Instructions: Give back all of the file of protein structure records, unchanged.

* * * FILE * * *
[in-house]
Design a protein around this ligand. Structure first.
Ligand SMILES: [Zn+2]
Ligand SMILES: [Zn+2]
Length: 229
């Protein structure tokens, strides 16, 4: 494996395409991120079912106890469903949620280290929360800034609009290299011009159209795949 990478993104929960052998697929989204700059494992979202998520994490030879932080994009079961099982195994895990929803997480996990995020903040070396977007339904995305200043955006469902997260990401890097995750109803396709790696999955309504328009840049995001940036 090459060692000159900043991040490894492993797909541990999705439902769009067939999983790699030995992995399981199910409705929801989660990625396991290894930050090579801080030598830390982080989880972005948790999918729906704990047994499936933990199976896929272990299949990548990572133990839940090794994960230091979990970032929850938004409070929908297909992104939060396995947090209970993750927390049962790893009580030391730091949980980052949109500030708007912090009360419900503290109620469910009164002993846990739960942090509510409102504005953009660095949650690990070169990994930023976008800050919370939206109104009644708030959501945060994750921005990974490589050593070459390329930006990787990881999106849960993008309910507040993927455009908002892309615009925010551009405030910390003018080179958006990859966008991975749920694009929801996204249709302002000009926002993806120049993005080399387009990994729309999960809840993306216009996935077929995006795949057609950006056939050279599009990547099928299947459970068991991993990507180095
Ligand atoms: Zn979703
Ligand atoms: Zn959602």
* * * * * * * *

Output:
[in-house]
Design a protein around this ligand. Structure first.
Ligand SMILES: [Zn+2]
Ligand SMILES: [Zn+2]
Length: 229
């Protein structure tokens, strides 16, 4: 494996395409991120079912106890469903949620280290929360800034609009290299011009159209795949 990478993104929960052998697929989204700059494992979202998520994490030879932080994009079961099982195994895990929803997480996990995020903040070396977007339904995305200043955006469902997260990401890097995750109803396709790696999955309504328009840049995001940036 090459060692000159900043991040490894492993797909541990999705439902769009067939999983790699030995992995399981199910409705929801989660990625396991290894930050090579801080030598830390982080989880972005948790999918729906704990047994499936933990199976896929272990299949990548990572133990839940090794994960230091979990970032929850938004409070929908297909992104939060396995947090209970993750927390049962790893009580030391730091949980980052949109500030708007912090009360419900503290109620469910009164002993846990739960942090509510409102504005953009660095949650690990070169990994930023976008800050919370939206109104009644708030959501945060994750921005990974490589050593070459390329930006990787990881999106849960993008309910507040993927455009908002892309615009925010551009405030910390003018080179958006990859966008991975749920694009929801996204249709302002000009926002993806120049993005080399387009990994729309999960809840993306216009996935077929995006795949057609950006056939050279599009990547099928299947459970068991991993990507180095
Ligand atoms: Zn979703
Ligand atoms: Zn959602």